Sex offenders may be banned from schools
The Oldsmar council gives preliminary okay.
By TERRI BRYCE REEVES
Published May 18, 2007
OLDSMAR - When sexual offenders hang out at a public park, there is little that law enforcement can do, especially if they are off probation.
But that could change soon in Oldsmar.
The City Council this week unanimously gave preliminary approval to an ordinance that would ban convicted sexual offenders and predators from places where kids congregate.
The ordinance would create a 300-foot protective zone around schools, day care centers, youth sports facilities, public pools, playgrounds, libraries and parks during times they are frequented by children.
City Council member Eric Seidel proposed the ordinance and said he is concerned that those areas are magnets for those who would victimize minors.
"It's unfortunate that we have to do this, but it's a sign of the times, " Seidel said.
Tampa has a similar ordinance, he said, "but theirs doesn't include offenders."
That's a key distinction, because there are many more sexual offenders than sexual predators. Offenders generally have been accused of less serious crimes.
To be designated a predator, the person must have received that label from a judge. Predators also must have committed their crimes after Sept. 30, 1993, and must have committed a first-degree felony or two second-degree felonies.
In Oldsmar, there are nine registered sexual offenders, according to the Florida Department of Law Enforcement. None have been designated sexual predators.
Under Oldsmar's proposed ordinance, a sexual offender who crossed into the safety zone could face a fine, imprisonment or both.
Exceptions would be made for offenders who accompany their own children to events such as ball games or school. And the prohibition doesn't apply to single trips while traveling past a location.
Though council members largely supported the idea when it came up at Tuesday night's meeting, they did have some concerns.
Some council members wondered about so-called Romeo and Juliet cases, where juveniles were involved in consensual sexual relationships.
Vice Mayor Suzanne Vale said she was worried that teens in those circumstances "shouldn't be considered sexual offenders."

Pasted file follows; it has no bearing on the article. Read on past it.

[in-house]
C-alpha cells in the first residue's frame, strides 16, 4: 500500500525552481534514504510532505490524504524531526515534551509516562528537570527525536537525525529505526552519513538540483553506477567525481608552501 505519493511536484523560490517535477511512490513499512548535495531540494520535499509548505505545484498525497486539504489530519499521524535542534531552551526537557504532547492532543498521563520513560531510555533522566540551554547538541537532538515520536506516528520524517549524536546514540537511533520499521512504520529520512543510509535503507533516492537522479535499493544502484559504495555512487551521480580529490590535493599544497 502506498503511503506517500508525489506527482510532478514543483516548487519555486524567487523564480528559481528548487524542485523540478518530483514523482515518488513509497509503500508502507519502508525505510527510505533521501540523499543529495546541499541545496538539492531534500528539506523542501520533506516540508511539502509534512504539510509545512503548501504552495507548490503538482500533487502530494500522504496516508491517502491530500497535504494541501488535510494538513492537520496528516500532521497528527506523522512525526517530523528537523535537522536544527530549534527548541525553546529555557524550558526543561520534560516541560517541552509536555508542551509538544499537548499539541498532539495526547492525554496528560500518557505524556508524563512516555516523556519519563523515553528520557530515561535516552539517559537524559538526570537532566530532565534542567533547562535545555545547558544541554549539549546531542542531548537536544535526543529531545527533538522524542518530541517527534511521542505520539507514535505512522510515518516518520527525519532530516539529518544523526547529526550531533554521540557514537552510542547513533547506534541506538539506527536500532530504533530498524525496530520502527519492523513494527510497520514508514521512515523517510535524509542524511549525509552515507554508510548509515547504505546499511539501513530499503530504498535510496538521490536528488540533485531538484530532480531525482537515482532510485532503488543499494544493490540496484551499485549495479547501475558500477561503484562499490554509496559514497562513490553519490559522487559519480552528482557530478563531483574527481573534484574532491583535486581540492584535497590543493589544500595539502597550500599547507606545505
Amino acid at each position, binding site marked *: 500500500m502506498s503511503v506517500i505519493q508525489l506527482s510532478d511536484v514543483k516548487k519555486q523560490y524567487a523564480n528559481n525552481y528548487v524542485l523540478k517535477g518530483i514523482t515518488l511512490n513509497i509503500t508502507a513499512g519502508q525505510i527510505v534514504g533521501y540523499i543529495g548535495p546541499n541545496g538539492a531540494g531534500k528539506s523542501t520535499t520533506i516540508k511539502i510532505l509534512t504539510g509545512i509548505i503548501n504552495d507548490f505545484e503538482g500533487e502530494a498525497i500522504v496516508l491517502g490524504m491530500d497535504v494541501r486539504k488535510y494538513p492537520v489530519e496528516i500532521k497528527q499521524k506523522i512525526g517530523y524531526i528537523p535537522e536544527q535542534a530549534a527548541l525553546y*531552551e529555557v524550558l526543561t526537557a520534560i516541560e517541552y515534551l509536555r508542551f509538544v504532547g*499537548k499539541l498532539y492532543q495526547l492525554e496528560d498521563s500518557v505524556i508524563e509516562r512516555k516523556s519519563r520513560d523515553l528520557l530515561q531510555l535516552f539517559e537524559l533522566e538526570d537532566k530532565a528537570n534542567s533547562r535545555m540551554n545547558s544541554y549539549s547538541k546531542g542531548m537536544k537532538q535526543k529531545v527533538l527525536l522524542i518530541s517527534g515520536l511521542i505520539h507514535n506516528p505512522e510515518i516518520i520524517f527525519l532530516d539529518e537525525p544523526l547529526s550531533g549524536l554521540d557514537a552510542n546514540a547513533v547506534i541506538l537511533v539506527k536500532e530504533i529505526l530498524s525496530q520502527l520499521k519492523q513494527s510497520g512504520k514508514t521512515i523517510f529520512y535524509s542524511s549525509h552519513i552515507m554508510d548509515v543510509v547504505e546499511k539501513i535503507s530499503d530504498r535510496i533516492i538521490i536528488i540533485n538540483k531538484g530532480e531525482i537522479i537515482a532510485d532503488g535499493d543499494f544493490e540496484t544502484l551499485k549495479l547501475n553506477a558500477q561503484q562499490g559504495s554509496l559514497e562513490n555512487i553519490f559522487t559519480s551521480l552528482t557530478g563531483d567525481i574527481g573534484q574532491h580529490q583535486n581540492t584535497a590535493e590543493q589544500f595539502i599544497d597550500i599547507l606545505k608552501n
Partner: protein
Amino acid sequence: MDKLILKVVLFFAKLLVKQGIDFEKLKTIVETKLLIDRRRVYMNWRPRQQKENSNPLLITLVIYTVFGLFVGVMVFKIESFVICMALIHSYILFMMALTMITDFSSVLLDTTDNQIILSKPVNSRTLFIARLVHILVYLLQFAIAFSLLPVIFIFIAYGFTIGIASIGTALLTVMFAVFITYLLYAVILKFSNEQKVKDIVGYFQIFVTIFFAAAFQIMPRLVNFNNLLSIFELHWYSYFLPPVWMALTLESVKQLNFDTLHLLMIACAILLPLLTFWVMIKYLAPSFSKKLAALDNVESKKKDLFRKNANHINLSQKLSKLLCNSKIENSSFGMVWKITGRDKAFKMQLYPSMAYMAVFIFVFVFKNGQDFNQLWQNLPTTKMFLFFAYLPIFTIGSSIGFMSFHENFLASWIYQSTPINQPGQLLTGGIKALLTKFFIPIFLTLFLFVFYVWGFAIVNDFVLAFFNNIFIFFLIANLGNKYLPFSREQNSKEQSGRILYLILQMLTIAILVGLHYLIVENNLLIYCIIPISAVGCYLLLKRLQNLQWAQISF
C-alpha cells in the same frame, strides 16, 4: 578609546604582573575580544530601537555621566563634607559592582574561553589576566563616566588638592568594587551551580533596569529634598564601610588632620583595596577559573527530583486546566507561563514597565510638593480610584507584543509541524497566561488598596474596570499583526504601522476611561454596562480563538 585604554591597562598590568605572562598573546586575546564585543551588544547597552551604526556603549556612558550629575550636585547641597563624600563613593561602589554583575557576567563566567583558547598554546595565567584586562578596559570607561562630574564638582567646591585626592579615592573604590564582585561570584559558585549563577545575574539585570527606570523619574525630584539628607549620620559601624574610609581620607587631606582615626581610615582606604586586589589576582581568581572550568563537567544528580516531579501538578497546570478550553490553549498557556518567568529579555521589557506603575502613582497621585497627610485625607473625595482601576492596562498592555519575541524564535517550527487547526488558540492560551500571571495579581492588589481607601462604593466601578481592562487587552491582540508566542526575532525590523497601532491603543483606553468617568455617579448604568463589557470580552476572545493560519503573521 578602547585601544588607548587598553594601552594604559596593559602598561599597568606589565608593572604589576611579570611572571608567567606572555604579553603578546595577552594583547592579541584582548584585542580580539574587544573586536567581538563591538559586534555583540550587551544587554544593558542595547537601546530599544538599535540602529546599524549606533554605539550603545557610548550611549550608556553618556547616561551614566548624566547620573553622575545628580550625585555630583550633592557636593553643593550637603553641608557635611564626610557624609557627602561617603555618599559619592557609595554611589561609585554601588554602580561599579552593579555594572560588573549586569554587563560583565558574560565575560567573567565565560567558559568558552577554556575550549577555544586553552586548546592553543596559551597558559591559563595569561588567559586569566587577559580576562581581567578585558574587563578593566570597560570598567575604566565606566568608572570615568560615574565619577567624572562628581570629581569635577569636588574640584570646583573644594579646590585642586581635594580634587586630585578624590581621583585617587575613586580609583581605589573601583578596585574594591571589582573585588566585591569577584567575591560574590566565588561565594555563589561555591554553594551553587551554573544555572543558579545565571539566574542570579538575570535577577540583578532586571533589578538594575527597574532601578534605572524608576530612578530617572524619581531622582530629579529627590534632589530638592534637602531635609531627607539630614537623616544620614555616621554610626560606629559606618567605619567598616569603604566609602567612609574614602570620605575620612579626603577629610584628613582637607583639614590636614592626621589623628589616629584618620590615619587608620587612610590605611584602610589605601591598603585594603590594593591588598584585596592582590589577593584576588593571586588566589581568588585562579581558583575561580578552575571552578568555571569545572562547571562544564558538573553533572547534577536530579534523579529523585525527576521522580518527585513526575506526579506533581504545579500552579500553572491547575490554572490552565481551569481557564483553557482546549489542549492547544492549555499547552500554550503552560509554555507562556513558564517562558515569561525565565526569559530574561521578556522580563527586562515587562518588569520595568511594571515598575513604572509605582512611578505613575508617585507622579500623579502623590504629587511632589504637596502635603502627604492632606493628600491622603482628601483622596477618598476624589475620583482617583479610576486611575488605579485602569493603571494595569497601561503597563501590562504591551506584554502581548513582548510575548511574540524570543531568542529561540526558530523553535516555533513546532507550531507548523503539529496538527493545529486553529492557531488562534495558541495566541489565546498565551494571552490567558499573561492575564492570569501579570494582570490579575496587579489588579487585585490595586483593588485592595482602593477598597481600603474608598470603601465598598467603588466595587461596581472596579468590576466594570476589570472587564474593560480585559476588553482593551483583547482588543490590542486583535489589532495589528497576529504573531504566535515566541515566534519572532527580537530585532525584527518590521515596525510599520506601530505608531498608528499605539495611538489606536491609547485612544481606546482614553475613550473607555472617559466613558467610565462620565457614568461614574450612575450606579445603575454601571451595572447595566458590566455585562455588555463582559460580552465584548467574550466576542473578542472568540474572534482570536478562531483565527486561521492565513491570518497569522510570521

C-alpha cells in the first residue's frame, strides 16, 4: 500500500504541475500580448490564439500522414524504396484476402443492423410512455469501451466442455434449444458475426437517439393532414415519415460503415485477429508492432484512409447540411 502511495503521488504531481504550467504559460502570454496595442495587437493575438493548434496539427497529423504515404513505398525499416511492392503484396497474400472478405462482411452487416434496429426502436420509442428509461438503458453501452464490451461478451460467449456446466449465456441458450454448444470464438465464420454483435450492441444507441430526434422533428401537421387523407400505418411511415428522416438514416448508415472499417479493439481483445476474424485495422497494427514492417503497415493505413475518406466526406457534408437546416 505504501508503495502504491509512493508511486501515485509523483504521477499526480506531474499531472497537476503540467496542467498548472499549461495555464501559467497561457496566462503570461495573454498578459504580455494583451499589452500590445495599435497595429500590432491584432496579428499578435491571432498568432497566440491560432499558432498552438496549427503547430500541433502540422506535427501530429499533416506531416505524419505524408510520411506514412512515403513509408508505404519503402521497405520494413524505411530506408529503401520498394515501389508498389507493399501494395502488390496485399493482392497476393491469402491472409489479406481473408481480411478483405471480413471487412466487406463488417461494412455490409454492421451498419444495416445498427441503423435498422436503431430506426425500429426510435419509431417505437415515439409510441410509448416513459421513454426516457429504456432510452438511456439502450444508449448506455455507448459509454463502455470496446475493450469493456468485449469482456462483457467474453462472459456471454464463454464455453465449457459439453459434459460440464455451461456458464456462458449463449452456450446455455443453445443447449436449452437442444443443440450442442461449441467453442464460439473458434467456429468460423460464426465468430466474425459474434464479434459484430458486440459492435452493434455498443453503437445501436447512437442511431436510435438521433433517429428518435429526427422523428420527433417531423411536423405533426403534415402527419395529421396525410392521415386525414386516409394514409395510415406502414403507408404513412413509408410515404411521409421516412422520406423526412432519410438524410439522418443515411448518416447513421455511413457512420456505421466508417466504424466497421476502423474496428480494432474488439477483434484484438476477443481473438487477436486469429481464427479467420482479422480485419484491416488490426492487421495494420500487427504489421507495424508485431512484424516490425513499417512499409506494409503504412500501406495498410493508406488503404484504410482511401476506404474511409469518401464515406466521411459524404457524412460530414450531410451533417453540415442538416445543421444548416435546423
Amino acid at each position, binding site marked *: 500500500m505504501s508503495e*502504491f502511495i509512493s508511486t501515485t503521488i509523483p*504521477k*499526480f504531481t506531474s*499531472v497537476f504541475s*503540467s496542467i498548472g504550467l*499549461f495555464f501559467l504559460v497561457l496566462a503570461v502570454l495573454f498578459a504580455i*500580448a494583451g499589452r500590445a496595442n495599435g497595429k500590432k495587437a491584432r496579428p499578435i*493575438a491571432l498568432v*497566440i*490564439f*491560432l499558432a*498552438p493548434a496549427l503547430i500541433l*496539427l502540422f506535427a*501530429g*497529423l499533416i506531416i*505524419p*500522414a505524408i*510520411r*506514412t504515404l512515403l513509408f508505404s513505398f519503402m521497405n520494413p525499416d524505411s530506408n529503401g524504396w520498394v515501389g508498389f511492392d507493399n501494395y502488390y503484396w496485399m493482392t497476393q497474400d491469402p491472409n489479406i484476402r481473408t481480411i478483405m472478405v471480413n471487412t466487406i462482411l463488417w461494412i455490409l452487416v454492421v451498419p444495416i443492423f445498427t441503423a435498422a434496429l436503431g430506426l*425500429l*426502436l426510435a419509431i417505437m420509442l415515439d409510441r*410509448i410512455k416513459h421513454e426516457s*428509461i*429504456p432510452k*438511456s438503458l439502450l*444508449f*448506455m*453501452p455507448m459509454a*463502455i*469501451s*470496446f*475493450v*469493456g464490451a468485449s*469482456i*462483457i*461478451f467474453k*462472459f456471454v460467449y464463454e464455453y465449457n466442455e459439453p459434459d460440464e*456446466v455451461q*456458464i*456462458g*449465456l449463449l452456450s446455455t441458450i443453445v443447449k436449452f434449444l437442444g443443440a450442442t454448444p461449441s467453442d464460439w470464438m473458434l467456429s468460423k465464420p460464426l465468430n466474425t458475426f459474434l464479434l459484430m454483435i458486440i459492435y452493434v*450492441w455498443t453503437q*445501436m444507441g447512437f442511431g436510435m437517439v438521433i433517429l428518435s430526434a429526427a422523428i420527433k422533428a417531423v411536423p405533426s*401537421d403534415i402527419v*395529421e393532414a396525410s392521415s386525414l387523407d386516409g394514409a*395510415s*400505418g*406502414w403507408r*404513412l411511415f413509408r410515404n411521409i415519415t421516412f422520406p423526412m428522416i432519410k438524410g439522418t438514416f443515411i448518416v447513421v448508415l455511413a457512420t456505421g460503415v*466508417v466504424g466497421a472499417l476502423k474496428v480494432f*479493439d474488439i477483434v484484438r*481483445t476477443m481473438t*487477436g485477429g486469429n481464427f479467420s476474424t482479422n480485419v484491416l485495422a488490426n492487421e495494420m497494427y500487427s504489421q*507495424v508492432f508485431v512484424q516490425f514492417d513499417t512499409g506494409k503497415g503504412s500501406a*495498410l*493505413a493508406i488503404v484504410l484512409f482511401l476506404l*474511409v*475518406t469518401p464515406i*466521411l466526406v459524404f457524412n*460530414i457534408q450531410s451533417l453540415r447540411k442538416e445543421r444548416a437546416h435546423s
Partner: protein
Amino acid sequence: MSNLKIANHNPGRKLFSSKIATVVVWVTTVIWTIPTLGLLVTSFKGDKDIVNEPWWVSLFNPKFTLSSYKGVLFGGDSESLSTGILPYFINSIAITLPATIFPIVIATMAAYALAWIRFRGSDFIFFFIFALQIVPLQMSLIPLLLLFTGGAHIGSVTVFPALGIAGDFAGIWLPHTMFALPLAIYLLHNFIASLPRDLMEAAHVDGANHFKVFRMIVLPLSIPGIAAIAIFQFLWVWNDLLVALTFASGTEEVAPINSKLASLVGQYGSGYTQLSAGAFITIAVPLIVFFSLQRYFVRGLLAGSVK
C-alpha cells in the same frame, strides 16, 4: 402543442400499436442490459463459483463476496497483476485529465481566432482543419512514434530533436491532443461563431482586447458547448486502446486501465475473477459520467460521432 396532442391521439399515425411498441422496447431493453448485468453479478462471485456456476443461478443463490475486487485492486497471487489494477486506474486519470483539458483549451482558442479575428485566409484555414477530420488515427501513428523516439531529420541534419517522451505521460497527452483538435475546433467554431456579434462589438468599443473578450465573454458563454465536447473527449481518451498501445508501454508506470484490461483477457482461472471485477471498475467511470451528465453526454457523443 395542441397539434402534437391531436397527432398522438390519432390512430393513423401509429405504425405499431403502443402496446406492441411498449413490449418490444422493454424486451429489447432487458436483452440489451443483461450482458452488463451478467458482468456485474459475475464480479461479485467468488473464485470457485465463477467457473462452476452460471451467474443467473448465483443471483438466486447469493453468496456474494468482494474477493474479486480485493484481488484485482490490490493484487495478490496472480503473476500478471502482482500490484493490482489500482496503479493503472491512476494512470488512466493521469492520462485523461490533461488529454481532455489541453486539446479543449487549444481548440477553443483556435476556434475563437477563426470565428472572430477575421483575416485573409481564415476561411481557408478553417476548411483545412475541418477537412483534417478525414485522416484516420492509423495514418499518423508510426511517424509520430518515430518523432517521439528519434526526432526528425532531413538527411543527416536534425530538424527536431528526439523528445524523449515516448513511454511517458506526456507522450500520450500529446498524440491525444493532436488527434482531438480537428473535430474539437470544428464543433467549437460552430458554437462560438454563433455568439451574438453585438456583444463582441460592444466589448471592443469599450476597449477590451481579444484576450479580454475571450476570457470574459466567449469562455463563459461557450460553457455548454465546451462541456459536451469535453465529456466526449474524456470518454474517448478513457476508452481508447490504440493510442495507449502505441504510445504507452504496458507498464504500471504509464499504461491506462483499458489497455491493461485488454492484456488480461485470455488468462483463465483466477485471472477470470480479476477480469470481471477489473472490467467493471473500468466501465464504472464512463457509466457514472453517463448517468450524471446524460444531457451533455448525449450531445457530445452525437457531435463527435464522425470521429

"I would count them as sexual offenders if they did that to my daughter, " shot back council member Greg Rublee.
Council member Janice Miller was concerned about potential legal issues.
"If somebody is a sexual offender or predator, and they own property and pay taxes, can we do this?" she asked.
In this case, Seidel said, "the good outweighs the bad."
The mayor agreed.
"The most important thing we can do is protect our children and our residents, " Mayor Jim Ronecker said.
Thom Foley, chairman of the Pinellas chapter of the American Civil Liberties Union, was mum on the matter.
Speaking for the Pinellas County Sheriff's Office, Sgt. Judy Vovan said there are laws to deal with registered sexual offenders and predators.
"Right now if someone called in, we would respond and investigate, and if there was legal action we could take it, " said Vovan, who works in the sheriff's Sexual Predator and Offender Tracking Unit.
"You're going to have to have the full support of the community, law enforcement and State Attorney's Office, " she said. "We'll have to take a look at it three or four months from now and see if it's working."
Rublee wanted to make sure the law, called the Child Safety Zone Ordinance, would pass muster with the Sheriff's Office.
"We want to make sure it's enforceable, " he said.
City Attorney Tom Trask said he plans to speak with the agency before the final vote is taken June 5.
Good, said Rublee, adding, "I just don't want to lose a lawsuit to a pervert."
Terri Reeves can be reached at firstname.lastname@example.org.
[Last modified May 18, 2007, 07:13:22]
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